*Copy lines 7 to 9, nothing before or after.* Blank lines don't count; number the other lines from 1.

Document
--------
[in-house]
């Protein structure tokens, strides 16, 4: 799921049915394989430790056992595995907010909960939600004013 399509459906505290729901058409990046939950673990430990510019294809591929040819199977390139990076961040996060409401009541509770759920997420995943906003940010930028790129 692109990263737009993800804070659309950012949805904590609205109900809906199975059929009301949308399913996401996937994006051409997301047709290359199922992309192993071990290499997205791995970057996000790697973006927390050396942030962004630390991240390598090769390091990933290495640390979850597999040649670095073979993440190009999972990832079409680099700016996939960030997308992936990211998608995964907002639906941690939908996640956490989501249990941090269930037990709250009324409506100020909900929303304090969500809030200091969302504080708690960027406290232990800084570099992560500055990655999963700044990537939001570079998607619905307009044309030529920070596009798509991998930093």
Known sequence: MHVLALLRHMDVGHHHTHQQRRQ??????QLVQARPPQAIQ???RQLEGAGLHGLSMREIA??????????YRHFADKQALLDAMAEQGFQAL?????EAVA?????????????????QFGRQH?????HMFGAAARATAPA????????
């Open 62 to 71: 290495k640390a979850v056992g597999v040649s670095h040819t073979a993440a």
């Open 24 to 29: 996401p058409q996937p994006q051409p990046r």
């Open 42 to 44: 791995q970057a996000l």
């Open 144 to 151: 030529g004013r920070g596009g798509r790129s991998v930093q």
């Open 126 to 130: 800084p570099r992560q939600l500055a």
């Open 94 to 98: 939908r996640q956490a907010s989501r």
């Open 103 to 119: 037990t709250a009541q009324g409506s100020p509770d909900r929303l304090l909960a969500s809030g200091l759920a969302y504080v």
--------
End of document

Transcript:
């Open 144 to 151: 030529g004013r920070g596009g798509r790129s991998v930093q």
């Open 126 to 130: 800084p570099r992560q939600l500055a």
């Open 94 to 98: 939908r996640q956490a907010s989501r």